Date set for re-opening of embassies in Washington and Havana

The United States and Cuba have set a tentative date for a renewal of full diplomatic relations, the opening of embassies in each country and an exchange of ambassadors.  Quoting a letter from President Obama to Cuban President Raul Castro, the Cuban Foreign Ministry announced beyond July 20, the option to restore full ties and re-open embassies is acceptable in Havana.

In his White House announcement addressing the opening date, President Obama, flanked by Vice-President Joe Biden, mentioned President Eisenhower’s expectation that relations between the two nations would someday be restored.

Obama said:

“It took a while, but I believe that time has comeWe don’t have to be imprisoned by the past. If something isn’t working, we can and will change.  The best way for America to support our values is through engagement.”

A State Department official, speaking on the condition of anonymity told reporters:

We are satisfied with the conditions agreed to, including access to diplomatic facilities, travel of diplomats and the level of staffing. These conditions are acceptable for carrying out the core diplomatic functions necessary for implementing the president’s new policy direction on Cuba.”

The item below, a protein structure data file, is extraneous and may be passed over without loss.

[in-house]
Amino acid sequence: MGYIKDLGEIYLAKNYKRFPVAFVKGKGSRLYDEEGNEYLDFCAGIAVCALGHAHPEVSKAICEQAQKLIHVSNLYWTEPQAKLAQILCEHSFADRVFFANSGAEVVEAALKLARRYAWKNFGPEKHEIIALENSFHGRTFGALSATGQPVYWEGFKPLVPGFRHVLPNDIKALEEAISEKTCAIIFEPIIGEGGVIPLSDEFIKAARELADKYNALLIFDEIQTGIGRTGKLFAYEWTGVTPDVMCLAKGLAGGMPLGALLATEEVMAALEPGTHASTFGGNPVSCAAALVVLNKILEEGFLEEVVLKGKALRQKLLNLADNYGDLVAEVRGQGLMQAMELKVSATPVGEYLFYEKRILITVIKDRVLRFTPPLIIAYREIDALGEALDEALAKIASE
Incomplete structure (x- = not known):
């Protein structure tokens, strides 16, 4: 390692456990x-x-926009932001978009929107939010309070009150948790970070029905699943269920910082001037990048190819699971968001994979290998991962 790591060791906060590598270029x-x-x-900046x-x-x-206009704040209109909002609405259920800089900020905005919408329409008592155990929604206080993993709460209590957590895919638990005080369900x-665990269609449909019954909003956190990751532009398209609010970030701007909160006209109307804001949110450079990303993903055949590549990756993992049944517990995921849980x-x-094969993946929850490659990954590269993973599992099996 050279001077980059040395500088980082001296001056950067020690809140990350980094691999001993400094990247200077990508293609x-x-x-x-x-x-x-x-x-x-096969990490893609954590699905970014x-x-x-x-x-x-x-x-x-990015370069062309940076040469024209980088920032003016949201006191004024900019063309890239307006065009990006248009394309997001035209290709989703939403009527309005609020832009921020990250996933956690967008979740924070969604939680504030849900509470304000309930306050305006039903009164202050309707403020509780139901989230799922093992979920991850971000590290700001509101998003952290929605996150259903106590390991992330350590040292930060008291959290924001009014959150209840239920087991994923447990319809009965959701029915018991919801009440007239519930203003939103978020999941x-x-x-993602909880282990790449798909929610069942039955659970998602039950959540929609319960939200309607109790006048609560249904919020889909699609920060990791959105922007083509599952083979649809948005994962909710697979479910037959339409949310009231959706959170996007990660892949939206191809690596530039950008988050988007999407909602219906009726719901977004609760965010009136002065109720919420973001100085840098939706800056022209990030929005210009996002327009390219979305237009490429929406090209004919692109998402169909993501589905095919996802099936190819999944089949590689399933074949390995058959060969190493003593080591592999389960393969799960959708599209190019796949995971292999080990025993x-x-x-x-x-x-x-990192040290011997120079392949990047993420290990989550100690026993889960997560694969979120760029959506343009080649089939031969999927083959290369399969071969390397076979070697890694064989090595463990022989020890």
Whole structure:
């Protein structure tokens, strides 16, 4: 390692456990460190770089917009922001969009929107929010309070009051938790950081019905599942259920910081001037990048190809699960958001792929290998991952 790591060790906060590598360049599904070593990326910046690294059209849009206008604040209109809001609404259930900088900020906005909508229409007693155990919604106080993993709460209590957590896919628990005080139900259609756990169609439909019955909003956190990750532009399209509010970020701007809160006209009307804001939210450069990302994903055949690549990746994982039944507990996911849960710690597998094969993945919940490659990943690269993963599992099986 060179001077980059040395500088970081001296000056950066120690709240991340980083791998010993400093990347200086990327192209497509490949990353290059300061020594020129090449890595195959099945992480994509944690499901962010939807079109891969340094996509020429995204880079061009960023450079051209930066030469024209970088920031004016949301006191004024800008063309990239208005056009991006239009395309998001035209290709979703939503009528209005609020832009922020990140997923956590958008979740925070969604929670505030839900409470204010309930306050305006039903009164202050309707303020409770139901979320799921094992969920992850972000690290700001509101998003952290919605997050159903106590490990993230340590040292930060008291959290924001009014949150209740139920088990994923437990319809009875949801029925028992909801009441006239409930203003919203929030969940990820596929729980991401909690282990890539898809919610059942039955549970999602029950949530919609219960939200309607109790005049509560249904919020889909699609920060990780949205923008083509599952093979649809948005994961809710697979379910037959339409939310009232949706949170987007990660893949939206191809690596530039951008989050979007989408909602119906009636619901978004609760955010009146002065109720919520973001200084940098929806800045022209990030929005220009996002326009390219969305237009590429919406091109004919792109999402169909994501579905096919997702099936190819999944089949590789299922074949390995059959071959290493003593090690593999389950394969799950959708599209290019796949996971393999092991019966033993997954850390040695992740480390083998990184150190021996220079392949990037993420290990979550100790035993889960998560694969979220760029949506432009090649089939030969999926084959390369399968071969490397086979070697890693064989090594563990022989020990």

Shortly after the ouster of Fulgencio Batista in 1959, Fidel Castro assumed control in Havana and imposed a harsh communist dictatorship.  Since 1961, the United States has imposed a firm trade embargo and forbidden travel between the two nations.  Despite one significant international challenge, the Cuban Missile Crisis, and decades of icy relations, the two nations have maintained official diplomatic offices in each capital.  Called “interest” offices, the missions do not qualify as embassies and function as institutions to clarify and manage differences between the two nations.

In the absence of diplomatic relations between the U.S. and Cuba, disputes were frequently played out in public forums, most often in rancor-filled sessions at the United Nations.